Friday, June 22, 2012 | 2 a.m.
Taking the pulse – yes, there is one — of the state’s Republican Party efforts in your Friday Flash:
• End of Nevada GOP as we know it, money edition: Numbers can mislead and distort, even lie. But sometimes, they can tell the story.
Such is the case with reports filed this week that indicate just how wide the chasm is on the money side between the state Democratic Party and the Nevada GOP. The Democrats have raised more than $2 million this year for their federal PAC, mostly ($1.7 million) from transfers from the Democratic National Committee and the Democratic Senatorial Campaign Committee that have been poured into a field operation that worked so well in 2008 for the president and 2010 for Senate Majority Leader Harry Reid. The Democrats have about $653,000 cash on hand.
By contrast, the state GOP has raised about $188,000 and has $167,000 on hand, with only $41,000 from the national committees. It’s like Goliath versus a David with a squirt gun – this fable may end differently.
The GOP also won’t start getting huge infusions with the way the party is seen in DC – that is, as a joke. So the shadow GOP, aka Team Nevada – will get nearly all of the national committee money.
So: $1.7 million to $41,000. Those numbers don’t lie.
• End of GOP as we know it, base-problem edition: We already know about the Ron Paul folks going off the reservation, some traveling a short distance to Romney apathy and others all the way to outer space. It’s bad enough to have the fluoride-averse Clark County chairwoman (Cindy Lake) and the ethics-averse state boss (Michael McDonald) – both carried in by the Paul wave. But the GOP Establishment – the RNC, Team Romney, the shadow GOP – gets it, so they are acting.
The Republicans realize Romney doesn’t light a fire under the faithful – maybe flickering match? – so they don’t want to take any chances in harnessing all that anti-Obama kindling. Thus, it was no surprise that a RNC official confirmed to me Thursday that the organization “is financially supporting an effort to bring clarity to the Nevada presidential election ballot.”
By clarity, the RNC operative means minimizing the chances that someone who wants to oust President Barack Obama but doesn’t feel committed to Romney can register a protest vote by casting a ballot for “none of these candidates.” That’s why the GOP powers-that-be gathered plaintiffs, led by ex-County Commissioner Bruce Woodbury, and are suing to erase the decades-old tradition because they fear its gets populated by anti-Obama voters.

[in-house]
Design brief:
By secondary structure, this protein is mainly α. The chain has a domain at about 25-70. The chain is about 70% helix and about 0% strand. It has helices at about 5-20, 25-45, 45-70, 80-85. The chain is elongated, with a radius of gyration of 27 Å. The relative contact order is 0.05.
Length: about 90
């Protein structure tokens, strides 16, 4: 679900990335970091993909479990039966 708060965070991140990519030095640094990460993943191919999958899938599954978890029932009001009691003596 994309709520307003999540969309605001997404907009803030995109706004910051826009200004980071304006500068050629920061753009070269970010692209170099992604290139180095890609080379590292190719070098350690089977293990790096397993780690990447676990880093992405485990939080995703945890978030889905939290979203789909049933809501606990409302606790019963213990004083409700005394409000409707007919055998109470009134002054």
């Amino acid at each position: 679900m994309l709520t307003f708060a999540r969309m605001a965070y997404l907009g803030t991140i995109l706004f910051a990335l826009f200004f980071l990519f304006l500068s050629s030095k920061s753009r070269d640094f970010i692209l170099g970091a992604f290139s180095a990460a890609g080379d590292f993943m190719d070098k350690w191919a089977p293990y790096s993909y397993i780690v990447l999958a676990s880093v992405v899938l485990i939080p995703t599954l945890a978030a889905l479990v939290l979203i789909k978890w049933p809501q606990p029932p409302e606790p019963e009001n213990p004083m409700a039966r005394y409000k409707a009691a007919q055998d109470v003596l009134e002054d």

The lawsuit’s arguments are tortured – that voters somehow are disenfranchised because the state disregards them. But they had to say something in their zeal/desperation to ensure a nominee who doesn’t excite the base doesn’t get deprived of votes.
In case you think they worry too much – and in case you wonder why they may try (quixotically, perhaps) to stop the state’s Libertarian Party from nominating Gary Johnson to be on the November ballot – remember 1998: John Ensign lost to Harry Reid by 428 votes. The Libertarian candidate, Michael Cloud, received 8,044 votes and “None of these candidates” took 8,125.
What if those 16,000 votes had to be apportioned without those choices? Yes, some might not have voted. But those that still would have might have changed Nevada history.
That’s what this is about – and the stakes are much higher in a state that could determine who controls the White House and the U.S. Senate.
• End of Nevada GOP as we know it, silver lining edition: Most years in Nevada – at least in recent cycles – the quality of Democratic operatives has been far superior to the Republican talent. But for the first time in memory, the GOP has a team that is worthy of being on the same playing field.
Experienced hands in Team Nevada such as the RNC’s Darren Littel and Kristin Vieira, both of whom have plenty of state experience; Sen. Dean Heller’s chief of staff, Mac Abrams, who has plenty of major campaign expertise; Chris Carr, a former Nevada GOP staffer turned RNC operative and on the ground here; lesser-known folks such as Ryan Cherry, a Heller veteran, and Joe Catania, a field guy for Nevada candidates and now with Team Nevada; and skilled campaign types such as Mike Slanker (Heller), Ryan Erwin (Rep. Joe Heck) and microtargeter Billy Rogers helping GOP state Senate candidates, who could help turn out base voters.
Add in a Hispanic outreach effort – hey, guys, maybe we should talk to Latinos this year! – that has money and bodies and a full integration of all these working parts and this Republican Party – that is, Team Nevada – can compete with the Democratic machine.
The GOP is not a shadow of its former self; the shadow is better than its former self.